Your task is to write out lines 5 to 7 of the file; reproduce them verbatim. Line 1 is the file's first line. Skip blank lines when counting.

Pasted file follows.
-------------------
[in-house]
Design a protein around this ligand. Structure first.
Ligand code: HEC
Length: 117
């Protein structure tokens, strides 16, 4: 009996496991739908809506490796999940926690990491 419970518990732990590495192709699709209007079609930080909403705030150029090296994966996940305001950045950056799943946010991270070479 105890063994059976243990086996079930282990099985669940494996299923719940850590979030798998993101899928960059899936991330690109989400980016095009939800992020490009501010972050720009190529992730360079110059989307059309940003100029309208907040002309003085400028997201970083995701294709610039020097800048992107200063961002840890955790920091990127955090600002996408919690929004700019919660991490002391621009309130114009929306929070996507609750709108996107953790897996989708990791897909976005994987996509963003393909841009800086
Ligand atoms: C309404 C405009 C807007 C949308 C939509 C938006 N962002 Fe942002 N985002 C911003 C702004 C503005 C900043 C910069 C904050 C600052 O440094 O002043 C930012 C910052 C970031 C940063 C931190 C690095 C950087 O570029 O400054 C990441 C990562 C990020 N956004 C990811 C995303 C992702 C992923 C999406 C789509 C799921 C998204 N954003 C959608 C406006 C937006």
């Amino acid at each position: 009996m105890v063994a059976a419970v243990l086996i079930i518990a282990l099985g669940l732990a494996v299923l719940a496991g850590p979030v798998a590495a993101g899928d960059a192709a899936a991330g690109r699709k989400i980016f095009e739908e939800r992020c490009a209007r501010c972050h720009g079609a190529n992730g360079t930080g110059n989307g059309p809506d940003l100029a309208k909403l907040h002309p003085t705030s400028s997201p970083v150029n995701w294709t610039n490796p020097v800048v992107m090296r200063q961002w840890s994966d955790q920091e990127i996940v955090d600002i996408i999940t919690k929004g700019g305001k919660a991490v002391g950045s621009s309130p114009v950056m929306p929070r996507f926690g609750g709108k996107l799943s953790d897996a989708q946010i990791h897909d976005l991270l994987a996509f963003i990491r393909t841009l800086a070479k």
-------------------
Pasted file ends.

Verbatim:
């Protein structure tokens, strides 16, 4: 009996496991739908809506490796999940926690990491 419970518990732990590495192709699709209007079609930080909403705030150029090296994966996940305001950045950056799943946010991270070479 105890063994059976243990086996079930282990099985669940494996299923719940850590979030798998993101899928960059899936991330690109989400980016095009939800992020490009501010972050720009190529992730360079110059989307059309940003100029309208907040002309003085400028997201970083995701294709610039020097800048992107200063961002840890955790920091990127955090600002996408919690929004700019919660991490002391621009309130114009929306929070996507609750709108996107953790897996989708990791897909976005994987996509963003393909841009800086
Ligand atoms: C309404 C405009 C807007 C949308 C939509 C938006 N962002 Fe942002 N985002 C911003 C702004 C503005 C900043 C910069 C904050 C600052 O440094 O002043 C930012 C910052 C970031 C940063 C931190 C690095 C950087 O570029 O400054 C990441 C990562 C990020 N956004 C990811 C995303 C992702 C992923 C999406 C789509 C799921 C998204 N954003 C959608 C406006 C937006």
């Amino acid at each position: 009996m105890v063994a059976a419970v243990l086996i079930i518990a282990l099985g669940l732990a494996v299923l719940a496991g850590p979030v798998a590495a993101g899928d960059a192709a899936a991330g690109r699709k989400i980016f095009e739908e939800r992020c490009a209007r501010c972050h720009g079609a190529n992730g360079t930080g110059n989307g059309p809506d940003l100029a309208k909403l907040h002309p003085t705030s400028s997201p970083v150029n995701w294709t610039n490796p020097v800048v992107m090296r200063q961002w840890s994966d955790q920091e990127i996940v955090d600002i996408i999940t919690k929004g700019g305001k919660a991490v002391g950045s621009s309130p114009v950056m929306p929070r996507f926690g609750g709108k996107l799943s953790d897996a989708q946010i990791h897909d976005l991270l994987a996509f963003i990491r393909t841009l800086a070479k």